Based on John 10:7-16
One of the many troubling things that I’ve heard from one Presidential candidate in the current political season is that Muslims should be banned from coming to America without what he calls “extreme vetting.” That statement took me back to a twenty year old pastoral memory of a church member who told me that she was leaving the church and converting to Islam. Instead of trying to talk her out of it, I referred her to an Omar Shaheed, a local Imam and a good friend.
Two weeks later, she was back in church and didn’t want to talk about her meeting with Omar. When I called him to find out what happened, he said, “I asked her what she was doing in her church besides showing up on most Sundays. When she said ‘nothing else,’ I told her to go back to her church and try to be an active and committed Christian and if that didn’t work out, we could talk about her becoming a Muslim.” She’s still in the church twenty years later and has become a good church worker.
Omar and I have numerous points of irreconcilable disagreement when it comes to matters of faith, but we respect each other and work together because at the end of the day, we’re both committed to loving God and loving others as we love ourselves.
I offer that memory to you in this political season, when many candidates are trying to be elected not by stating what they actually plan to do, but by demonizing their opponents and stirring up racial, cultural and religious fears.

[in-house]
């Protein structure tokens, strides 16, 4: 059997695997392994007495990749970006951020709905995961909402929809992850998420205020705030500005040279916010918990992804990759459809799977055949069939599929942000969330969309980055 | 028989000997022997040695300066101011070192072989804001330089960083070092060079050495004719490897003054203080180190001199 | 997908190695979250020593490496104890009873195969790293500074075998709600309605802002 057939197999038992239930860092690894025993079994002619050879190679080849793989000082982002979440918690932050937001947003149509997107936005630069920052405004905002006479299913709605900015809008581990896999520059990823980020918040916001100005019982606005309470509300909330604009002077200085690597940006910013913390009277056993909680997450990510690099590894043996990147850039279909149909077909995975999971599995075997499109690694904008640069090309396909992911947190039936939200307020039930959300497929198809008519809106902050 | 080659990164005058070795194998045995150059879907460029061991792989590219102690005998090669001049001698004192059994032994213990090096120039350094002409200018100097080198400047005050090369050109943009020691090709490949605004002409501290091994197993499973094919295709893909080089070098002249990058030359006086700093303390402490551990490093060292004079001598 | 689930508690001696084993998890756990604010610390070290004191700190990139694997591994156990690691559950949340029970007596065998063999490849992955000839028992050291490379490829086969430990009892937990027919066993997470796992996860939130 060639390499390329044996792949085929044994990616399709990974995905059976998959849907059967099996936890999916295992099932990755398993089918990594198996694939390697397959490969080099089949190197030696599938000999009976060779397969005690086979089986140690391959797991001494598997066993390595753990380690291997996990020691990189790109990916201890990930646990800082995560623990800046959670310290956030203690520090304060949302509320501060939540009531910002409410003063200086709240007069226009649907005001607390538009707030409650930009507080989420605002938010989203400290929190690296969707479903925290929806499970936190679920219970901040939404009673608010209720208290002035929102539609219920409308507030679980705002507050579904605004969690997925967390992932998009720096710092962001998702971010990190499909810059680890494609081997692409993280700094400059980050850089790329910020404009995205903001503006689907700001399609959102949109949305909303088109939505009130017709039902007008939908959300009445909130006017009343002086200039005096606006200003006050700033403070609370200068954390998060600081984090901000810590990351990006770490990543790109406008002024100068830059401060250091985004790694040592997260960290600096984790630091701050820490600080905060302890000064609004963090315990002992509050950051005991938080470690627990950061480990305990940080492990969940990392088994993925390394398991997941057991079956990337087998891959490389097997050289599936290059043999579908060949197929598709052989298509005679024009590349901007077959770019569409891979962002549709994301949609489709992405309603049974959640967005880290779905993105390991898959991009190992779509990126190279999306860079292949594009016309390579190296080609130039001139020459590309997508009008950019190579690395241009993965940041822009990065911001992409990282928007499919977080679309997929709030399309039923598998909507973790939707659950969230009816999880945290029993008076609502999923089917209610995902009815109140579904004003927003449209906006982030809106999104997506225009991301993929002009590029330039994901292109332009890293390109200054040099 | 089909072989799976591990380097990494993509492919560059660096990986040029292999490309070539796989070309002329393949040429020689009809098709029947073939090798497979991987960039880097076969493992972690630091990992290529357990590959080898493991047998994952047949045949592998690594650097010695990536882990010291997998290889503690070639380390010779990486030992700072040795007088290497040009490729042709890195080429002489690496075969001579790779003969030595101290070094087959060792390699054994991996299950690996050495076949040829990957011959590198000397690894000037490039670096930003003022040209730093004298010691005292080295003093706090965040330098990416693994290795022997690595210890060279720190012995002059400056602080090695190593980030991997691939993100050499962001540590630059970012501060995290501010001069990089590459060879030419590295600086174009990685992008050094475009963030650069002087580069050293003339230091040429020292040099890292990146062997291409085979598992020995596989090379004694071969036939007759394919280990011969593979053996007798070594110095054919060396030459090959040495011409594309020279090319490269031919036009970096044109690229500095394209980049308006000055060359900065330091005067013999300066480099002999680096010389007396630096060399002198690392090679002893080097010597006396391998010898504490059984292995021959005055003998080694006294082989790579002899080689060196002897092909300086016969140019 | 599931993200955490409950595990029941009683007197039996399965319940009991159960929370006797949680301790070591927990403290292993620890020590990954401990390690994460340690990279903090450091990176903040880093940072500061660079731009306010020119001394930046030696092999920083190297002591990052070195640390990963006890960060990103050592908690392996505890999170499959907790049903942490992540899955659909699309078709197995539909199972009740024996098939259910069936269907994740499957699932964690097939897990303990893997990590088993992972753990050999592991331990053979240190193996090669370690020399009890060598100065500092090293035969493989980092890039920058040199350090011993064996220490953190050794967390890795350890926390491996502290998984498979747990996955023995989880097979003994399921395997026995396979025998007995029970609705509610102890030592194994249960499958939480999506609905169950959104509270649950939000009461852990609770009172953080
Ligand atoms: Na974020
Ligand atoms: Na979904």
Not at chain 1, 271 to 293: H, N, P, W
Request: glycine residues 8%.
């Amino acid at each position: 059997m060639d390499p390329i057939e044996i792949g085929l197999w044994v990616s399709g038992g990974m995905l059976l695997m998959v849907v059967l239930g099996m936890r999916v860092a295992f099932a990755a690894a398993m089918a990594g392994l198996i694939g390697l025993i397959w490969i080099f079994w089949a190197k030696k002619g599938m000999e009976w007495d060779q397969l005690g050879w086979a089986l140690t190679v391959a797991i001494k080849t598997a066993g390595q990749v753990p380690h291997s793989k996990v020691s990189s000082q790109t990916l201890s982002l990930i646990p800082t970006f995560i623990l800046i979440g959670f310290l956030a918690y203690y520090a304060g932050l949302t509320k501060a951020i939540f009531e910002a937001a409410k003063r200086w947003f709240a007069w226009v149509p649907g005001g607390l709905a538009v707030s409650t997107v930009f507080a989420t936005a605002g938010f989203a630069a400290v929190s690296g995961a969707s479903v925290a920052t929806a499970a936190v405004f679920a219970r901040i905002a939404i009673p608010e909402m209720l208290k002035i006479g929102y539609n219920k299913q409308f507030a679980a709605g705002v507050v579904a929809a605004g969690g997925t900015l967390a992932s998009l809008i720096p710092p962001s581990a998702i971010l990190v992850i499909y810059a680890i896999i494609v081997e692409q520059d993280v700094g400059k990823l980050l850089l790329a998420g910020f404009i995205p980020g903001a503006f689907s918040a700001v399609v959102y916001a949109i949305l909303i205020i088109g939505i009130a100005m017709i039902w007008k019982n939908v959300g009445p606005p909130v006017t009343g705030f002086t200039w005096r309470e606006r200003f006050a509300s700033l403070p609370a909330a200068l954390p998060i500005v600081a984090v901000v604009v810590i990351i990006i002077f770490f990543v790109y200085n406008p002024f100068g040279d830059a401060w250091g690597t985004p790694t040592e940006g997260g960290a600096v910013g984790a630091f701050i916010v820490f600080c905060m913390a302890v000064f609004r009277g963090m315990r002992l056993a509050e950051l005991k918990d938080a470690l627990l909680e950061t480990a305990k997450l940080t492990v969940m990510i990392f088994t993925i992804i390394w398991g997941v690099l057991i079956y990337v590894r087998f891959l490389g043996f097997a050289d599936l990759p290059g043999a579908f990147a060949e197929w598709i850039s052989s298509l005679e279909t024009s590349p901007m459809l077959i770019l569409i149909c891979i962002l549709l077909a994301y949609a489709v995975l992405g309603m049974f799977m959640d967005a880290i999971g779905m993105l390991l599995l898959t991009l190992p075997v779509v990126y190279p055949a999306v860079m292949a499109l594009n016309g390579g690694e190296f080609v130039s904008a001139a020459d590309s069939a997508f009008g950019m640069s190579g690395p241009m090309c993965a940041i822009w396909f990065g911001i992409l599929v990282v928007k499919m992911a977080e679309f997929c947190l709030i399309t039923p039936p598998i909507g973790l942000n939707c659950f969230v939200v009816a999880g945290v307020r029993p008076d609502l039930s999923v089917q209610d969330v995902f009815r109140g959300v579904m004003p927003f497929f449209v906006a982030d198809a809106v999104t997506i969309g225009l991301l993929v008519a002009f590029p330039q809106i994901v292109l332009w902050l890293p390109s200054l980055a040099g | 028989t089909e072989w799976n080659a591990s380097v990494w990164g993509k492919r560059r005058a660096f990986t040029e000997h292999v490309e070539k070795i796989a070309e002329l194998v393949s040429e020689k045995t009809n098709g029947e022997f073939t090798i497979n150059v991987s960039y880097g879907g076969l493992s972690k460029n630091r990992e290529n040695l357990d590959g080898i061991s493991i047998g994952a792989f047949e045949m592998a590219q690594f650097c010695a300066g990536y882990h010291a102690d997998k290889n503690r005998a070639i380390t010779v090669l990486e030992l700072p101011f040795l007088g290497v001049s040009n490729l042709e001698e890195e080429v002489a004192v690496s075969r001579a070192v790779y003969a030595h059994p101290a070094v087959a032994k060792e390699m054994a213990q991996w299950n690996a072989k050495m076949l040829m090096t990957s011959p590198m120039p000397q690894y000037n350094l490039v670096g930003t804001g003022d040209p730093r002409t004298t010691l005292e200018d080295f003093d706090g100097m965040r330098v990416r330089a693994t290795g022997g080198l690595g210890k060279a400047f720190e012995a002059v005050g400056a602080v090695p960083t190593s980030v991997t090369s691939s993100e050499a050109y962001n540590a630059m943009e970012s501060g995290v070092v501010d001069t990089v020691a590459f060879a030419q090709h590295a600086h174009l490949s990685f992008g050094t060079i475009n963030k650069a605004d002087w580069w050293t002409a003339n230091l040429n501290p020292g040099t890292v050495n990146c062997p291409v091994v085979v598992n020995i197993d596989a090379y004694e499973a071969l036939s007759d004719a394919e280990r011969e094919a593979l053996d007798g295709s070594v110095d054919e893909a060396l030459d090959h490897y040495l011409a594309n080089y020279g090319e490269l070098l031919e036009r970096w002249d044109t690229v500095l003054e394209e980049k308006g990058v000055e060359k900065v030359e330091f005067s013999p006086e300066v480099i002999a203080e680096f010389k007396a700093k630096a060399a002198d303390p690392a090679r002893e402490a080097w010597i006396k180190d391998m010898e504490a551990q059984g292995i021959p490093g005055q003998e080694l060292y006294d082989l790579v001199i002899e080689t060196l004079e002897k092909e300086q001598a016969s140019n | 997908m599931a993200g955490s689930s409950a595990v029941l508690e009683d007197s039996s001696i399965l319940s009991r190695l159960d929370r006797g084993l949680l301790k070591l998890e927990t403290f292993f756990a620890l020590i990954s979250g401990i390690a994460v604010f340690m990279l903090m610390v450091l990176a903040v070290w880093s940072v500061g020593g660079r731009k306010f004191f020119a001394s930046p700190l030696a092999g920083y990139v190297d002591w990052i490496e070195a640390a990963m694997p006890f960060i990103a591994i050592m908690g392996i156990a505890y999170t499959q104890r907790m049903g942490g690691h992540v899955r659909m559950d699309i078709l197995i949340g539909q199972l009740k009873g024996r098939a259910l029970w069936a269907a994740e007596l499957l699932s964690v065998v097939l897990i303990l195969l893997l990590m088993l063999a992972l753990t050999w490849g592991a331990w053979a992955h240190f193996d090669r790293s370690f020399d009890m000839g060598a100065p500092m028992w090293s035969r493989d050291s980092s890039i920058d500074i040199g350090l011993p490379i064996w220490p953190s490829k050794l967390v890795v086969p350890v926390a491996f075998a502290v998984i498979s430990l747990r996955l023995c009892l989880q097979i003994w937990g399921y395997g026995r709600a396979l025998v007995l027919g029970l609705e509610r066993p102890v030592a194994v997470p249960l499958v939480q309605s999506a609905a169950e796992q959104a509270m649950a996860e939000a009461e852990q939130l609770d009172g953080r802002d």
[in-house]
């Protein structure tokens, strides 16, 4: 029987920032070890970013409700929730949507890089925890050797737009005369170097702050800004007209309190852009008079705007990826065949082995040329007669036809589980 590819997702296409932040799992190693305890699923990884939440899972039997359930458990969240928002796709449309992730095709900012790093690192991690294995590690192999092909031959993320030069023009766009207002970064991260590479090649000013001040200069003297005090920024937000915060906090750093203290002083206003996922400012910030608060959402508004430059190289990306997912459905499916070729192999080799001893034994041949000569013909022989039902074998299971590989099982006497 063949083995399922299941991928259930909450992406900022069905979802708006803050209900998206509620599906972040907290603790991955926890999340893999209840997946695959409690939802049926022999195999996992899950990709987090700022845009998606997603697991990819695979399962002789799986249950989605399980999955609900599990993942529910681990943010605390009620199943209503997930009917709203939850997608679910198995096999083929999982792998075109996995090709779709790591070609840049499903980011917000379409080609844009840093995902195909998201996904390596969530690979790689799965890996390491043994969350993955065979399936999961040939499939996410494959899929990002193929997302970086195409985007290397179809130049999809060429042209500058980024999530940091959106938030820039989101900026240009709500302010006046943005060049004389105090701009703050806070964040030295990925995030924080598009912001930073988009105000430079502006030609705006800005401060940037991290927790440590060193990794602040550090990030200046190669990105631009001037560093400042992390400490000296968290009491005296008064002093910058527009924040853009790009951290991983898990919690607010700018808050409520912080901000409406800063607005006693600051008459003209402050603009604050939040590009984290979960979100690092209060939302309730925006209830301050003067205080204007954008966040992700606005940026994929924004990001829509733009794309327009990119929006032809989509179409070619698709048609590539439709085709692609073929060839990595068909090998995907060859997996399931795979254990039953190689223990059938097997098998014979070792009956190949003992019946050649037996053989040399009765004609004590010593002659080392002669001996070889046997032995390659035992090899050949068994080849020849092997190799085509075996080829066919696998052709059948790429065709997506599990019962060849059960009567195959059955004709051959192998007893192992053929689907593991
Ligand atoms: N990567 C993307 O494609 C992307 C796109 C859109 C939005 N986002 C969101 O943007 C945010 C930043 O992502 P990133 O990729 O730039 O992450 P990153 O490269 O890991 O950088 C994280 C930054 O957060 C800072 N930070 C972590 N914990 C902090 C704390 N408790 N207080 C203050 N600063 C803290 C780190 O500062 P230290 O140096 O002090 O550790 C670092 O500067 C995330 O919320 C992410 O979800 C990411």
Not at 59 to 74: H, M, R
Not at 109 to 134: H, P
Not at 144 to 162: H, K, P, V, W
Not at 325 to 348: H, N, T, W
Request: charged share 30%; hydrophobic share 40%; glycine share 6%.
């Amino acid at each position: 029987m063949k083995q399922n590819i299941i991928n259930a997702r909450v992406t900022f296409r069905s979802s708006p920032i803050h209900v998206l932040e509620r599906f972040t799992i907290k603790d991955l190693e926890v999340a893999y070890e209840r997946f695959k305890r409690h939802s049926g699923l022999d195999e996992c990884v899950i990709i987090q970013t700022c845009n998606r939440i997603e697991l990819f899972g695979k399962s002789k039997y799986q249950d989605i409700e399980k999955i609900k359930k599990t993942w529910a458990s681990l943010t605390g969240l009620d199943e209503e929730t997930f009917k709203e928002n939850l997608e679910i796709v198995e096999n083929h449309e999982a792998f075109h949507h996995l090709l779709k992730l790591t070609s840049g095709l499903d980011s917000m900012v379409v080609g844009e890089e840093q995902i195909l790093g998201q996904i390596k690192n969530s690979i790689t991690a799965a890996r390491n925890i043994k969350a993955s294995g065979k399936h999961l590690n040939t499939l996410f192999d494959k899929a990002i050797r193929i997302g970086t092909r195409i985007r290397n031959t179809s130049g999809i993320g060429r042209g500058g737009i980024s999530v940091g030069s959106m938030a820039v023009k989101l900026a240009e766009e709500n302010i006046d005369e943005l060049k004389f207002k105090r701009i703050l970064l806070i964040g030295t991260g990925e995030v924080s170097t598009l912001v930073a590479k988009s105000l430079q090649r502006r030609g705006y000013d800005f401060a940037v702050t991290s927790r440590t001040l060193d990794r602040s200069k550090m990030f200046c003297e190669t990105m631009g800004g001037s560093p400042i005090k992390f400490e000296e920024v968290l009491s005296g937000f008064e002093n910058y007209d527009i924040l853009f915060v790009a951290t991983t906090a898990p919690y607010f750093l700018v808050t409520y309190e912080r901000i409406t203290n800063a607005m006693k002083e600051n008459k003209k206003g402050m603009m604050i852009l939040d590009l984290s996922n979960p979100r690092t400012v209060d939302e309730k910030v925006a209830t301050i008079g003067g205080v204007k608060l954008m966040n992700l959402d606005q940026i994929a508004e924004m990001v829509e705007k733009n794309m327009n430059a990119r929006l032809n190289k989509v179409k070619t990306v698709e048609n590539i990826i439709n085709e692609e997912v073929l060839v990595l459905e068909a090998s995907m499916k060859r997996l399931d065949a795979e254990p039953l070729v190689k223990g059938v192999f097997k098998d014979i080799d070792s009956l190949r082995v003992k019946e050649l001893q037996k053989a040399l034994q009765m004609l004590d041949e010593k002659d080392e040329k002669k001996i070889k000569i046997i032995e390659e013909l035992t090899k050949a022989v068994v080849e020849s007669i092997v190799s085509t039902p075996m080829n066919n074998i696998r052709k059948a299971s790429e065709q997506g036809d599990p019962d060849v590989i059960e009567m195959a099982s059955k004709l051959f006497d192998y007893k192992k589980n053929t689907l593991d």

We’d do well to remember that we’re all creations of the same God and that, in many cases, we relate to God in ways passed on to us by those who raised is. We may relate to God in different ways and may be committed to our beliefs about salvation – I am – but we also have to appreciate the power of God to work with, bless and use all of us – regardless of who we are or how we relate to the Lord.
Take the time to see everyone who comes your way as a child of God – regardless of color, culture or faith and regardless of their mind sets and attitudes. When you do, you’ll gain a new appreciation for how God works through all of us and celebrate what AME Bishop Frederick C. James once called the “diversity of our unity and the unity of our diversity.”
You’ll also be able to find new peace of mind, climb walls of division and find new vision, build new bonds of respect and gain a new awareness of why my ancestors in the faith sang, in spite of slavery’s chains, “When all of God’s children get together, what a time, what a time, what a time!”